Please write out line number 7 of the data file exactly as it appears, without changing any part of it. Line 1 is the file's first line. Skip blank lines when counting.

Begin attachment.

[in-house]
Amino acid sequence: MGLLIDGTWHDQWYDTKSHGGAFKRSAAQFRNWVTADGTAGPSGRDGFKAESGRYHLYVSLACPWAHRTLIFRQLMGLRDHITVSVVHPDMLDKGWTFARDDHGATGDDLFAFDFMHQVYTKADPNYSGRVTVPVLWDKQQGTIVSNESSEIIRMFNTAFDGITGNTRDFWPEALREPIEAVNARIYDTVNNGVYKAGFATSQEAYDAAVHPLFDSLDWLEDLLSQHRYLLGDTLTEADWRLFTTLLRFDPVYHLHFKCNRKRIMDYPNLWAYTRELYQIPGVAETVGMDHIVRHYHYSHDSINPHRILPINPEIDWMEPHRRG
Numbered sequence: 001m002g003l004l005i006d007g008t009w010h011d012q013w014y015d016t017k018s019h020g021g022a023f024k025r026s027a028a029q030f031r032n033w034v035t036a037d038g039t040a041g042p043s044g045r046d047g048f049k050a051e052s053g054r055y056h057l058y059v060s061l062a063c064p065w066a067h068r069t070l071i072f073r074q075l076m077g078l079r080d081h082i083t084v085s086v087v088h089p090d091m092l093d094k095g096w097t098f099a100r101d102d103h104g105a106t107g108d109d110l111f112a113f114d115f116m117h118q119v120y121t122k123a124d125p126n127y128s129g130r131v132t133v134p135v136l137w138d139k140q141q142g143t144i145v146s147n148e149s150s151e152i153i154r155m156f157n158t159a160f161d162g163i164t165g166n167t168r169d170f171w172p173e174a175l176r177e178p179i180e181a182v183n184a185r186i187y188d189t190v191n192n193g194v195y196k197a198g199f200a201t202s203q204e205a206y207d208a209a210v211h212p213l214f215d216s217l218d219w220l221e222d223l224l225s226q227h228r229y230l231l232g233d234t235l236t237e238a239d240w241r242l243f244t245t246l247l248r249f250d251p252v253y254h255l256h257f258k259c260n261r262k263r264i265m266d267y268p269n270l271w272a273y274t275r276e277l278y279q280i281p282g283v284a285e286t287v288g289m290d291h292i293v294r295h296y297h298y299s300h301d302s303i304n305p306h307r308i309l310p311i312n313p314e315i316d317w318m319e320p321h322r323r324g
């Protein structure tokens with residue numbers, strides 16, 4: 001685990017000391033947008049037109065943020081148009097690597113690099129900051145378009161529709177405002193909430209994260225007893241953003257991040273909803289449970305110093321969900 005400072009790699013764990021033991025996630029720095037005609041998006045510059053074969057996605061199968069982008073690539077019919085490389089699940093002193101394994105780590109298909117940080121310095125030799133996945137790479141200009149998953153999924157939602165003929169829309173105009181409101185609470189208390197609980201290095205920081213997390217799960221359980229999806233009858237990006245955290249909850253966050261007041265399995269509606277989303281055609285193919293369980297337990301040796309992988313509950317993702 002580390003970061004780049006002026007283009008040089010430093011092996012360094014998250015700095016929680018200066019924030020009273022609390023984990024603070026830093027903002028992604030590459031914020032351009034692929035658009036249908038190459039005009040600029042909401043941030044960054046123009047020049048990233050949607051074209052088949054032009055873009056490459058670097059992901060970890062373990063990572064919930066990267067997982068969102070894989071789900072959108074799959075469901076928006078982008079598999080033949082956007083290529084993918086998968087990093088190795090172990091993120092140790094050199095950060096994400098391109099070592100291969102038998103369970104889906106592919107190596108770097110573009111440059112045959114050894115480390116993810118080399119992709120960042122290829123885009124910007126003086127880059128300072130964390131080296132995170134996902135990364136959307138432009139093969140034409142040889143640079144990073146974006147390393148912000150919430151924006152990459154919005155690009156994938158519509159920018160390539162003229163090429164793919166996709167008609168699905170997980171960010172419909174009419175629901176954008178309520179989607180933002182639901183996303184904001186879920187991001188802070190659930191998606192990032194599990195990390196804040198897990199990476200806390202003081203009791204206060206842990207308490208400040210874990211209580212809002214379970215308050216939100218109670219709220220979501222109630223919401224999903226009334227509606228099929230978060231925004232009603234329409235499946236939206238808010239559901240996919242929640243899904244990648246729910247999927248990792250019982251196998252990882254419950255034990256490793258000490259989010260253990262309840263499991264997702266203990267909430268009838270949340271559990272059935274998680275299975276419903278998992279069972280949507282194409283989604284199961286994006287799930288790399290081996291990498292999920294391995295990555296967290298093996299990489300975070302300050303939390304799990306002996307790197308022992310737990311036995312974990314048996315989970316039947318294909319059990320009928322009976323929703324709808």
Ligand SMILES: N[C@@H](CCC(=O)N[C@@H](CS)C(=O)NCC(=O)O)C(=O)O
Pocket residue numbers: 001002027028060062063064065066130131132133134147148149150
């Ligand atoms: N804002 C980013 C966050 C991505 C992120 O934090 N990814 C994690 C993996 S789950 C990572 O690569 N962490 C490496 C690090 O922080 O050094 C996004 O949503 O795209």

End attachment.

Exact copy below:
């Ligand atoms: N804002 C980013 C966050 C991505 C992120 O934090 N990814 C994690 C993996 S789950 C990572 O690569 N962490 C490496 C690090 O922080 O050094 C996004 O949503 O795209």